#### 4.2. N-Correlator Receiver

## 5. Simulation Results and Discussions

_{N}. The fading is generated using a fading generator with the empirical density function which corresponds to the theoretical Rayleigh density function.

^{7}bits to achieve 99% confidence in BER estimates [14]. This BER value estimation was done for each signal to noise ratio that is defined as abscissa value in all Figures presented in this Section.

#### 5.1. Single-Correlator Receiver

**Figure 2.**BER curves for a single-correlator receiver in presence of additive white Gaussian noise channel (AWGN): theory (blue) and simulation (red).

**Figure 3.**BER curves for a single-correlator receiver in the presence of AWGN and fading: theoretical (blue), simulation (red) for fading, and theory for noise only (black).

**Figure 4.**BER curves for a single correlator receiver with interleavers in presence of AWGN and fading: theoretical (blue) for fading, simulated (red) for fading with interleavers and theoretical for noise only (black).

^{−2}to 1 × 10

^{−4}(more than two order of magnitude) for SNR = 10 dB, as can be seen in Figure 4. By using interleavers and deinterleavers the influence of fading inside each symbol is practically randomized and the BER curve is coming closer to the curve representing BER when noise only is present in the channel (black curve). The interleaver curve obtained by the simulation can be easily confirmed by the theoretical Equation (46).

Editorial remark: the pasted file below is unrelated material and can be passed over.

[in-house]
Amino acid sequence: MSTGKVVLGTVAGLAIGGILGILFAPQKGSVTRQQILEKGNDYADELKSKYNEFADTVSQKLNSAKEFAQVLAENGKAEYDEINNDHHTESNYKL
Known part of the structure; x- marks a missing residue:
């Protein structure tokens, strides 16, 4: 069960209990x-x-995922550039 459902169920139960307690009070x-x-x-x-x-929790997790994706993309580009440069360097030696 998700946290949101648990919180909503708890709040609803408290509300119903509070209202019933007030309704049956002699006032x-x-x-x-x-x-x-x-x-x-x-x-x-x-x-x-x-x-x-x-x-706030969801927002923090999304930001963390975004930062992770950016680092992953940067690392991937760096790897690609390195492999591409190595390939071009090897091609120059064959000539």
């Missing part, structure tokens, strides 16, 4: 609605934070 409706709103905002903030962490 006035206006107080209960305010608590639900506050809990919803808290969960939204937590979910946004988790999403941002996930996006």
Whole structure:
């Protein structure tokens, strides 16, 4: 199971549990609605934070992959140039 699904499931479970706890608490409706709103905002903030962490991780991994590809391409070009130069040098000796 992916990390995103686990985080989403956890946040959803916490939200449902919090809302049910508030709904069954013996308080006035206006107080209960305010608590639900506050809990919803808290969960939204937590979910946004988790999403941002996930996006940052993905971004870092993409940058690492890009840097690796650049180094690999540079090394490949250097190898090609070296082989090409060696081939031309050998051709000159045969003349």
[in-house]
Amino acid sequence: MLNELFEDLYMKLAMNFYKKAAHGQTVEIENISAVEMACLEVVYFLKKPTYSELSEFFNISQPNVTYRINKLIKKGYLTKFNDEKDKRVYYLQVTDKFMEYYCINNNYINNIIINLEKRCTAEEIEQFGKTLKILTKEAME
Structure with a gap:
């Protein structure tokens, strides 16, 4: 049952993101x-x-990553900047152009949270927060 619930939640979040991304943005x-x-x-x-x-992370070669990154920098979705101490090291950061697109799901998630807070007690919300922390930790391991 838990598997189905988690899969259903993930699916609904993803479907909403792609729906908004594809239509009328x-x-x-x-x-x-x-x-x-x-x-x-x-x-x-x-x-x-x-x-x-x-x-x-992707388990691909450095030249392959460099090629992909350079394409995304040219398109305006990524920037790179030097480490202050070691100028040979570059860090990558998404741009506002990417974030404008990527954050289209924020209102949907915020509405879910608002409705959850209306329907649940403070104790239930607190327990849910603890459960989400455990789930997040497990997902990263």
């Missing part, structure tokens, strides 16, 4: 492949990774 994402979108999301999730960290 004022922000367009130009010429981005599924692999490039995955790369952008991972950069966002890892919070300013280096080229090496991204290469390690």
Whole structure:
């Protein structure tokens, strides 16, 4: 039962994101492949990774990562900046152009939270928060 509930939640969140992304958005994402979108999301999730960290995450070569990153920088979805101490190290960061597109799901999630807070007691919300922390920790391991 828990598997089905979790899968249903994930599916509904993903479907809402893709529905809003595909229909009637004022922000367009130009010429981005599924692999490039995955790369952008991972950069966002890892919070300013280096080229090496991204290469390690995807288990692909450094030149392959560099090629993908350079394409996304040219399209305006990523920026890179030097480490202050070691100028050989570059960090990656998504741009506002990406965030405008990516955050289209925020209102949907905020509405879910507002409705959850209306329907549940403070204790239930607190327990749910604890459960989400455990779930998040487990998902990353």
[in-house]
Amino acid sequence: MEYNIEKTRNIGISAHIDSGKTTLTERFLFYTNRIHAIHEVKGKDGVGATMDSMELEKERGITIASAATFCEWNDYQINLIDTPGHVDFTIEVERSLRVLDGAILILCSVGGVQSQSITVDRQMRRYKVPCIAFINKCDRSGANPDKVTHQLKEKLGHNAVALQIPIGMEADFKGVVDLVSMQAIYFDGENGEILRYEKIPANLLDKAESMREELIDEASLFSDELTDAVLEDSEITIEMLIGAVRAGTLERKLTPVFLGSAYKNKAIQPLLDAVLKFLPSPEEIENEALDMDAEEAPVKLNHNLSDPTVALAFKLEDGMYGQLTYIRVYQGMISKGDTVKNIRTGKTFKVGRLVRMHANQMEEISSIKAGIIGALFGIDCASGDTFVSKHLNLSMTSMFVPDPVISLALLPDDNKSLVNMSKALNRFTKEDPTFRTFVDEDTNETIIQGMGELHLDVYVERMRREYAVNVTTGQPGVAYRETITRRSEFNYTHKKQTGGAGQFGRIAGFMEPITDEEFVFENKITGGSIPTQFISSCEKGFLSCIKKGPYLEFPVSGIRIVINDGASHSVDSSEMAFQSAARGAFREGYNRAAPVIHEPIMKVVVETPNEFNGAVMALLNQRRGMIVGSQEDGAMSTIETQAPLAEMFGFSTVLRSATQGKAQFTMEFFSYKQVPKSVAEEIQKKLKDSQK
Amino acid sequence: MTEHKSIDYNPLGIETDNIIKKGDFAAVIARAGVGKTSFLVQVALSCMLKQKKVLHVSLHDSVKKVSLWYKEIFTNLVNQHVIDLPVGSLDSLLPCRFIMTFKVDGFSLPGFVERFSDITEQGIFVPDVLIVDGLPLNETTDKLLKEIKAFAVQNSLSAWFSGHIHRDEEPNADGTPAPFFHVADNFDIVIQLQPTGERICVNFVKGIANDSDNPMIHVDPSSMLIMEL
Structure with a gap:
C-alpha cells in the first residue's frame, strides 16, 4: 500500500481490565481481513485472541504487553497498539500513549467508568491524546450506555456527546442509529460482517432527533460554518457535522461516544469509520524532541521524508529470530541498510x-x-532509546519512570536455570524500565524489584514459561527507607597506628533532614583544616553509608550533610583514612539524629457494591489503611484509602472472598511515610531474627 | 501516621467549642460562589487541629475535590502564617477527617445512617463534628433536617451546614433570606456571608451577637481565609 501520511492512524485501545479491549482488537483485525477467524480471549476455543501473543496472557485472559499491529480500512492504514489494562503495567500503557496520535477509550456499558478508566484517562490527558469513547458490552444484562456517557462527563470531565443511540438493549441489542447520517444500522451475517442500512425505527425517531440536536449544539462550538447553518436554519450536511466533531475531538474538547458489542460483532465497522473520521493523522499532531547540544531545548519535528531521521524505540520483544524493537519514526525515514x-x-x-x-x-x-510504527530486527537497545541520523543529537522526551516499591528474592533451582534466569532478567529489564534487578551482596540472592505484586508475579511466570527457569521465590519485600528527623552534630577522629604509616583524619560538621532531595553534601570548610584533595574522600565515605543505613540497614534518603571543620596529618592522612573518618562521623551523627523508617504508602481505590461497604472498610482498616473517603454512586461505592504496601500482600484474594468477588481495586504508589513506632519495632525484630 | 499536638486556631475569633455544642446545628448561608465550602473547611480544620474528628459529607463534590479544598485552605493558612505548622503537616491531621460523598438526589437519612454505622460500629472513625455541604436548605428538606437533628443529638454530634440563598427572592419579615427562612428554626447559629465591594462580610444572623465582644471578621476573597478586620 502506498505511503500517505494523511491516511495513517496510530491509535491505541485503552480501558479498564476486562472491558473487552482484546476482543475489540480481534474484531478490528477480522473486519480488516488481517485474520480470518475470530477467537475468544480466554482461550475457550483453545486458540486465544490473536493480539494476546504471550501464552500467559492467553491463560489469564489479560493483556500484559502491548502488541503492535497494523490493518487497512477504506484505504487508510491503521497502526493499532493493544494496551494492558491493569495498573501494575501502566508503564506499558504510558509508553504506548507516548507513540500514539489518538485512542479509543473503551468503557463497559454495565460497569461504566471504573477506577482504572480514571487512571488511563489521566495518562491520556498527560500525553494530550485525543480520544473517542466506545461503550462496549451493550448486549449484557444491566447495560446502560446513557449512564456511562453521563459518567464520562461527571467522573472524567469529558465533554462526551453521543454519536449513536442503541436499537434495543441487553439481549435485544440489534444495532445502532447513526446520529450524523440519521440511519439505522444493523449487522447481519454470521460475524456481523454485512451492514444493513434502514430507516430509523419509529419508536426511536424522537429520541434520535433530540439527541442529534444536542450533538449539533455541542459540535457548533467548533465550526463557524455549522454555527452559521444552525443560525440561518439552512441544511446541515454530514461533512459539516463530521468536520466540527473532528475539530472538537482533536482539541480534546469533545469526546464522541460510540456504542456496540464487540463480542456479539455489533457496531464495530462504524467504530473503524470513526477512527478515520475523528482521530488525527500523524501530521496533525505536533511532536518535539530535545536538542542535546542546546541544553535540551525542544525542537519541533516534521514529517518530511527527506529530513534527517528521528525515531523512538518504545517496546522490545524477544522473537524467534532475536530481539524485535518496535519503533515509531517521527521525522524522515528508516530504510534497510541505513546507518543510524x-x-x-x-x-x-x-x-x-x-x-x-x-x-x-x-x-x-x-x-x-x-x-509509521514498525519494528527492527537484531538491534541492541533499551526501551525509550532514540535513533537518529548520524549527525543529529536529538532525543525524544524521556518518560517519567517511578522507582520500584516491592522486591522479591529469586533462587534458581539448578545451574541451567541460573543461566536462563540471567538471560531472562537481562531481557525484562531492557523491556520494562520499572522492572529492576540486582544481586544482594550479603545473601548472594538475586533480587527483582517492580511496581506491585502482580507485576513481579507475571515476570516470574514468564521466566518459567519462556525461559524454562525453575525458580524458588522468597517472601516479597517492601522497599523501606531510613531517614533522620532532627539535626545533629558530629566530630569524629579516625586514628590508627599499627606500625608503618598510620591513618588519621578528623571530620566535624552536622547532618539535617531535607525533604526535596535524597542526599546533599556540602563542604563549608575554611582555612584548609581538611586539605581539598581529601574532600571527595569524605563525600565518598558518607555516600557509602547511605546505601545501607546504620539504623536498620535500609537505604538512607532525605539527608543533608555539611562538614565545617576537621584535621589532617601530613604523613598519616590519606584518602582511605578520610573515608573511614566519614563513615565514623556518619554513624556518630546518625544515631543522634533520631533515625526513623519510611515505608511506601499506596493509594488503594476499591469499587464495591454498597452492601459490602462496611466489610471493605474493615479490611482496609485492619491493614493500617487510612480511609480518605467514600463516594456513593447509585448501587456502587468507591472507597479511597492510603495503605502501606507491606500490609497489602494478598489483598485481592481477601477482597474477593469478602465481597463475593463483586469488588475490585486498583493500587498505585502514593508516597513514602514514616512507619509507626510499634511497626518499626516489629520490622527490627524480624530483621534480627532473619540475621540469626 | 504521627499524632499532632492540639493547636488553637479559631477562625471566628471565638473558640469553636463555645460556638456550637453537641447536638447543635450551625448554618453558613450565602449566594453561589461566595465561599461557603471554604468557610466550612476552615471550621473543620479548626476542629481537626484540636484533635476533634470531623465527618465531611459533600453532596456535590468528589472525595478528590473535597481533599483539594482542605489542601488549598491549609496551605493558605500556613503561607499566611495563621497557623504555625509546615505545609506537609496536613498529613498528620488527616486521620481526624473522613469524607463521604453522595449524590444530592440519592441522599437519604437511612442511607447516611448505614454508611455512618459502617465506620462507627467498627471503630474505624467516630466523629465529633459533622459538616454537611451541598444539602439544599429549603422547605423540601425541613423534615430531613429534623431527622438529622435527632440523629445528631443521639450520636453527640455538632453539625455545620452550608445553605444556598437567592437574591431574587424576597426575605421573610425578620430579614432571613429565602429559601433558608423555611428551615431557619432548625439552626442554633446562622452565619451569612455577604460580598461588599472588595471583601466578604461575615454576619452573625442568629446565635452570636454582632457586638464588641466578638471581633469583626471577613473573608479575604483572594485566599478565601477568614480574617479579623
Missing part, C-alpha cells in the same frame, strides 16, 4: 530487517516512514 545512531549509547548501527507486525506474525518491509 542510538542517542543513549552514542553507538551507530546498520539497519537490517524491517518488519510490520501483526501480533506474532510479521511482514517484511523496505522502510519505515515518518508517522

#### 5.2. N-Correlator Receiver

**Figure 5.**BER curves for 16-correlator receiver in presence of AWGN: theoretical (black) chip error rate (CER), simulation CER (red) and BER on CER SNR scale (red dashed).

**Figure 8.**Estimated position of the BER curve when fading channel and interleavers and deinterleavers are present in communication system.

## 6. Conclusions

## Conflict of Interest

## References

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**MDPI and ACS Style**

Berber, S.; Chen, N. Physical Layer Design in Wireless Sensor Networks for Fading Mitigation. *J. Sens. Actuator Netw.* **2013**, *2*, 614-630.
https://doi.org/10.3390/jsan2030614

**AMA Style**

Berber S, Chen N. Physical Layer Design in Wireless Sensor Networks for Fading Mitigation. *Journal of Sensor and Actuator Networks*. 2013; 2(3):614-630.
https://doi.org/10.3390/jsan2030614

**Chicago/Turabian Style**

Berber, Stevan, and Nuo Chen. 2013. "Physical Layer Design in Wireless Sensor Networks for Fading Mitigation" *Journal of Sensor and Actuator Networks* 2, no. 3: 614-630.
https://doi.org/10.3390/jsan2030614